Indigenous Film Women – Solid Screen Festival


About a month ago, I had the privilege of joining Solid Screen Festival at the invitation of arts curator and media artist Jenny Fraser. I have featured Jenny on this blog a while ago and since then she has been spending her time promoting films made by indigenous women across the world through Solid Screen Festival; running for the third time this year. In September Gold Coast and Numinbah Valley (QLD) retreat where the 2016 films were screened, women directors including Jules Koostachin (PLACEnta) from Canada showed their films and shared their stories.

Placenta is a short documentary about Koostachin’s life in contemporary Canada where a woman gives birth away from her people and customs. Much is lost in terms of her tribal rituals, with journeys her own mother and grandmother took, but the woman feels that it is really important to follow the traditional rituals embedded in her. However, in contemporary Canada, she finds that what she wishes for the most is not as easy as she thought.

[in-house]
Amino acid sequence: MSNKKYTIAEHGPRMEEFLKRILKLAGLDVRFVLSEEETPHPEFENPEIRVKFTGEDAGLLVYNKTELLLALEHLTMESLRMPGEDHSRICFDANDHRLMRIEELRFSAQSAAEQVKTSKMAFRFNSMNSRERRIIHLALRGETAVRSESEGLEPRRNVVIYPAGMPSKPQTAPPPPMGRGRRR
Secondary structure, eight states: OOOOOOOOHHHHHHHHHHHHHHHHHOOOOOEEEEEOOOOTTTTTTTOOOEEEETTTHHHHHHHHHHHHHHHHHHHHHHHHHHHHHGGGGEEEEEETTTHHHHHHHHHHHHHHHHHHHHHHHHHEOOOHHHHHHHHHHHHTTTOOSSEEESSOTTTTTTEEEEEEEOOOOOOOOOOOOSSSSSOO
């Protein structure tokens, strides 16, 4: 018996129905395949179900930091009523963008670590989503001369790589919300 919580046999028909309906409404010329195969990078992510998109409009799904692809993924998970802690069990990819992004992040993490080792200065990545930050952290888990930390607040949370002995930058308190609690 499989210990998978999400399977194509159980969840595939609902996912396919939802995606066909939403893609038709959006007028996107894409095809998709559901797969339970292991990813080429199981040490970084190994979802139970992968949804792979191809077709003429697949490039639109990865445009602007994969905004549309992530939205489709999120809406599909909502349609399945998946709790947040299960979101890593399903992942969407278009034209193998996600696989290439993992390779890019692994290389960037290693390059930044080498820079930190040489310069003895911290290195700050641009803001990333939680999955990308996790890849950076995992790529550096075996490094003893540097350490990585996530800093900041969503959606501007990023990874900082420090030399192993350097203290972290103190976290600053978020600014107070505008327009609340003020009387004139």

Placenta is one of many stories told by indigenous filmmakers about connecting to their indigenous roots and intangible cultures. Having an opportunity like Solid Screening helps bring these stories out. Recently, the work of Solid Screening was acknowledged by Barbara Ann O’Leary, Directed by Women. In an interview with Jenny Fraser, O’ Leary  explores the work Fraser does in promoting and helping indigenous women filmmakers.

“We aim to deliver Indigenous specific screen components to allow opportunities for Indigenous screen artists and artsworkers to develop professionally, develop greater understanding of new media and inter-disciplinary practices, and gain critical feedback on personal projects”.

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Solid sisters exploring the mountains and gorges of Jenny Fraser’s ancestry lands.

Read more on the interview here. Directed By Women

 

 

7 thoughts on “Indigenous Film Women – Solid Screen Festival”

  1. Here in the US, indigenous movie roles used to be portrayed by most anyone but a Native American. Jay Silverheels did much to correct that situation!! I’m glad to see that indigenous women in other countries are continuing to grow !!

    Liked by 1 person

    1. I’m very happy to read about Jay Silverheels and thank you so much for sharing your thoughts. In the Arts and curatorial work in museums and galleries – it is the same. Sometimes the indigenous curator will only be brain-picked for ideas in exchange for a cup of coffee and someone else gets the actual curatorial work and gets the credit and paid.

      Liked by 1 person

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